T-Mobile customers are getting extra protection from scam calls at no extra charge with the “Un-carrier’s” new Scam ID and Scam Block services. Get a call from a likely scammer? Scam ID alerts you that the incoming call is probably someone out to steal from you. Don’t even want to see those scam calls come through? Enable Scam Block, and scam calls get blocked completely.
T-Mobile says these new scam protection features use patent pending technology built right into its network. As soon as a call reaches the T-Mobile network, this technology checks the number against a global database of known scammer numbers, which T-Mobile says is kept up-to-date in real time “by analyzing every call that comes into the network with behavioral heuristics and intelligent scam pattern detection.” The process takes milliseconds, and if the technology detects a match, the network tags the incoming call and activates Scam ID. If a T-Mobile customer has enabled Scam Block, the network will terminate the call before it reaches the customer. In other words, you won’t even know a scammer just tried to call you.
T-Mobile started activating both new features on a rolling basis last week starting with T-Mobile ONE customers. T-Mobile postpaid customers can enable Scam ID for themselves beginning April 5 by dialing #ONI# (#664#) and pressing the call button in their phone’s dialer. To turn on Scam Block, customers can dial #ONB# (#662#) or, to turn it off, dial #OFB# (#632#). To check whether Scam Block is on or off, customers can dial #STS# (#787#).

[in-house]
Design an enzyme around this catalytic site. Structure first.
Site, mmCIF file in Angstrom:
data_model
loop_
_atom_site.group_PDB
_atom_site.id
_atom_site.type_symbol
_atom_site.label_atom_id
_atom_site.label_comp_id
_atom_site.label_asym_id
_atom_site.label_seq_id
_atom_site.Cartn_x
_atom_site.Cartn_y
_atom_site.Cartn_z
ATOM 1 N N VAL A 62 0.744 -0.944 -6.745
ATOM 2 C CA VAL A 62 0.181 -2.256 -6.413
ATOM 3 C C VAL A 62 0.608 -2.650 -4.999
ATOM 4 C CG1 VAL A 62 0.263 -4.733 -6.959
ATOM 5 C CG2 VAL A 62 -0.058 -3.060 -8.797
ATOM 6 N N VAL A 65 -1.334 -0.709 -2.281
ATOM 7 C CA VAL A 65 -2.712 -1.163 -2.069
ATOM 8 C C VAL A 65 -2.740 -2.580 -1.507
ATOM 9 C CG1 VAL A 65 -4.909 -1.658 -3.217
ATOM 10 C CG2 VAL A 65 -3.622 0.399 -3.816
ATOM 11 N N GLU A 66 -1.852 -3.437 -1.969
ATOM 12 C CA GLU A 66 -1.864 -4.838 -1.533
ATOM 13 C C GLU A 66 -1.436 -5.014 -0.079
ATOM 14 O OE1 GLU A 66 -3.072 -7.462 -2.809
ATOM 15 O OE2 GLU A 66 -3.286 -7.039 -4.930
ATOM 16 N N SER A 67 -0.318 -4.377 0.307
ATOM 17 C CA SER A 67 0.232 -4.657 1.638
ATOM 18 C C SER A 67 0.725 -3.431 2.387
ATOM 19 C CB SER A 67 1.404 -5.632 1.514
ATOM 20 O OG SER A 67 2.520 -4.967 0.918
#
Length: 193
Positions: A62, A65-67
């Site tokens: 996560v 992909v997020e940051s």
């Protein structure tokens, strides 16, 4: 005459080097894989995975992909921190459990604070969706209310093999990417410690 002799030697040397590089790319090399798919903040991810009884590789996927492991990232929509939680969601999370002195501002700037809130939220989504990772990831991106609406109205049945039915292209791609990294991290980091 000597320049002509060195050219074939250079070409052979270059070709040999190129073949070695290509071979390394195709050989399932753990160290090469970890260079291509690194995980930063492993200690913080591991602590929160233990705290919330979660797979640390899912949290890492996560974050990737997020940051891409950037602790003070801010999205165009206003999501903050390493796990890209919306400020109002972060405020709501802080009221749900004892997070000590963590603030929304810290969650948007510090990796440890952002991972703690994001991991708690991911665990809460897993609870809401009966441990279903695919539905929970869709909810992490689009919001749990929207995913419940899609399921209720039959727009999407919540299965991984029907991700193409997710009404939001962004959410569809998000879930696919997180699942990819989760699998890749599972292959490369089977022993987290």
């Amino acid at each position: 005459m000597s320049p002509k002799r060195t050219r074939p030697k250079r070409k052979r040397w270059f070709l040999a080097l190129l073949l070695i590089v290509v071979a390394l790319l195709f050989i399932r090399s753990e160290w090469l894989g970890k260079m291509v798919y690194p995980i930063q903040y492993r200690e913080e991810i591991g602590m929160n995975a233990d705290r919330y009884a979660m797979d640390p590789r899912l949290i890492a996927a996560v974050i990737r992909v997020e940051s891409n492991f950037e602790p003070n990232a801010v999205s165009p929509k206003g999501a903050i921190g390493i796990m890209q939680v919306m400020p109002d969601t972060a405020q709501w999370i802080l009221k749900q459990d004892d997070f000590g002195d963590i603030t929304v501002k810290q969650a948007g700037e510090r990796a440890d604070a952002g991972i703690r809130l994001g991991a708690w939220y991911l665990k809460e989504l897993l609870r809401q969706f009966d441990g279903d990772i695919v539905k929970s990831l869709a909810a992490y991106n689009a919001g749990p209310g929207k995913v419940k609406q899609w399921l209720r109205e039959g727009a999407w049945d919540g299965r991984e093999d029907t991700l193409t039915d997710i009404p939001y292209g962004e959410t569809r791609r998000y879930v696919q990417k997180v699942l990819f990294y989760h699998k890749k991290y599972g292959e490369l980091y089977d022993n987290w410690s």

Not a T-Mobile customer? You might find it encouraging to know that this year the Federal Communications Commission (FCC) has proposed a new rule that would make it easier for phone companies to block calls that are obviously fraudulent. According to Consumers Union, a policy and action division of Consumer Reports, this new rule would build upon the work of the Robocall Strike Force (RSF), an industry group aimed at ending scammer robocalls. The group, led by AT&T CEO Randall Stephenson and created at the request of then-FCC Chairman Tom Wheeler, developed the Do Not Originate program, which has been running trials to reduce robocalls originating overseas. During the trial period, participating phone companies blocked overseas calls that had spoofed a commonly used number for inbound calls to the IRS. The trial showed promise, with IRS scam calls dropping 90% during the trial period. At the behest of the FCC, RSF will meet again in April to keep this process moving forward.
In the meantime, Consumer Reports has reviewed a few free and paid tools that you could try out until the telecommunications industry gets a better handle on scam calls.